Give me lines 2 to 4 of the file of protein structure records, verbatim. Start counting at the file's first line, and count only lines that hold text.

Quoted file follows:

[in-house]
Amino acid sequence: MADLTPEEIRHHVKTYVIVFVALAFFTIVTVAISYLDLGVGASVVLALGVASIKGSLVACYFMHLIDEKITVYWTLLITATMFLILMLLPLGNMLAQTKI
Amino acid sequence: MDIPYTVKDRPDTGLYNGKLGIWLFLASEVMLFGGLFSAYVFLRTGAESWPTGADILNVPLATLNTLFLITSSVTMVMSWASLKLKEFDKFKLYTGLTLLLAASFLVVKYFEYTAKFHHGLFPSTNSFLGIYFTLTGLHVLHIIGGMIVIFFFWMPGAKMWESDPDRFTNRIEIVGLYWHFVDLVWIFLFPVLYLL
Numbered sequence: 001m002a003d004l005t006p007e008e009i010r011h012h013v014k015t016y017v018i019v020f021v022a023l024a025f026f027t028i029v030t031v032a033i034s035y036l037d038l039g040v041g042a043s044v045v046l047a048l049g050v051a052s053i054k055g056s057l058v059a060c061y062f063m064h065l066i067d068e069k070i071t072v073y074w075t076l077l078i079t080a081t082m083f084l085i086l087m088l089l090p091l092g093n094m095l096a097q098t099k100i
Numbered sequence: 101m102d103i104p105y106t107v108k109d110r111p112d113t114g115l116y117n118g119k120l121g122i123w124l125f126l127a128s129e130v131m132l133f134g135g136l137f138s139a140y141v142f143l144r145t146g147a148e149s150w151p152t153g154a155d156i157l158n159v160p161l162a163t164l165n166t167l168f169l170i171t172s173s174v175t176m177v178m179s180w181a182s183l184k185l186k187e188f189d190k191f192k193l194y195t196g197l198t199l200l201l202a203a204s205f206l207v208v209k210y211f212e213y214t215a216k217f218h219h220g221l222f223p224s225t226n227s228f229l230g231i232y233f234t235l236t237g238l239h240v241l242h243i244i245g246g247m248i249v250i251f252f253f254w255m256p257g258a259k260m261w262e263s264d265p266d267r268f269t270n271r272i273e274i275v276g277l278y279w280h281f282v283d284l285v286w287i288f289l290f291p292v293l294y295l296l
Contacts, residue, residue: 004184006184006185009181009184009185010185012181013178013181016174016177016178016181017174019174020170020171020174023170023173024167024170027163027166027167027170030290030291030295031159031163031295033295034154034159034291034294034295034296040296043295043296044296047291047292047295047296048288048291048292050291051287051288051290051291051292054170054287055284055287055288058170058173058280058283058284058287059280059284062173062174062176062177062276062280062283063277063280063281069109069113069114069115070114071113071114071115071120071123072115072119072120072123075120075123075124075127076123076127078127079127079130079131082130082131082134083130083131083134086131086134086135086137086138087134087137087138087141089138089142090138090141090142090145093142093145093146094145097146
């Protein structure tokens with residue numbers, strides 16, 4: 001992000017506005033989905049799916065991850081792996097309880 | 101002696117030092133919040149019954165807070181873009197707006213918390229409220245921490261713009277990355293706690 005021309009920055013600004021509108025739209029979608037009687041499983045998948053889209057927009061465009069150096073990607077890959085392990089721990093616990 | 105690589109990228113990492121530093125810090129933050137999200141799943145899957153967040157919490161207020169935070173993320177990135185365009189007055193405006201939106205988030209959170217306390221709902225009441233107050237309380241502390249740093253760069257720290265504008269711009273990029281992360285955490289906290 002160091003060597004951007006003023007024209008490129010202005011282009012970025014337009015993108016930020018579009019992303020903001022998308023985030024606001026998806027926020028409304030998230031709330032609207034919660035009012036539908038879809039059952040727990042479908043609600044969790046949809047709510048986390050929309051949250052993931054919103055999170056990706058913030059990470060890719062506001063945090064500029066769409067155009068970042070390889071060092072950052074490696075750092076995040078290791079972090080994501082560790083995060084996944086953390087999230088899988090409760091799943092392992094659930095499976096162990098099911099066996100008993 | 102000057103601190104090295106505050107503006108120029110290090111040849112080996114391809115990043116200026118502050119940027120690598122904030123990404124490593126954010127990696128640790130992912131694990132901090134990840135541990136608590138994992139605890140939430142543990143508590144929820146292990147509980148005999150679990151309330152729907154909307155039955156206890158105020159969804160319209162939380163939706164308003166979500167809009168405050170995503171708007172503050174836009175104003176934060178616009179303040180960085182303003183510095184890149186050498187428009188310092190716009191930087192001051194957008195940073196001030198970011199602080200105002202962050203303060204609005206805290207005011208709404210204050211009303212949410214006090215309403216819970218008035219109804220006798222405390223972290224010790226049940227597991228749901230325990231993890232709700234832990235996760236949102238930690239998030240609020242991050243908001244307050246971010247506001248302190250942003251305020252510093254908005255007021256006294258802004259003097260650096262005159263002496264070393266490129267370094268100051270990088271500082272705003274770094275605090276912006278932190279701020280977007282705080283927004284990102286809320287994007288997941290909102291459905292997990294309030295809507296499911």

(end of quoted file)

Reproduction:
Amino acid sequence: MADLTPEEIRHHVKTYVIVFVALAFFTIVTVAISYLDLGVGASVVLALGVASIKGSLVACYFMHLIDEKITVYWTLLITATMFLILMLLPLGNMLAQTKI
Amino acid sequence: MDIPYTVKDRPDTGLYNGKLGIWLFLASEVMLFGGLFSAYVFLRTGAESWPTGADILNVPLATLNTLFLITSSVTMVMSWASLKLKEFDKFKLYTGLTLLLAASFLVVKYFEYTAKFHHGLFPSTNSFLGIYFTLTGLHVLHIIGGMIVIFFFWMPGAKMWESDPDRFTNRIEIVGLYWHFVDLVWIFLFPVLYLL
Numbered sequence: 001m002a003d004l005t006p007e008e009i010r011h012h013v014k015t016y017v018i019v020f021v022a023l024a025f026f027t028i029v030t031v032a033i034s035y036l037d038l039g040v041g042a043s044v045v046l047a048l049g050v051a052s053i054k055g056s057l058v059a060c061y062f063m064h065l066i067d068e069k070i071t072v073y074w075t076l077l078i079t080a081t082m083f084l085i086l087m088l089l090p091l092g093n094m095l096a097q098t099k100i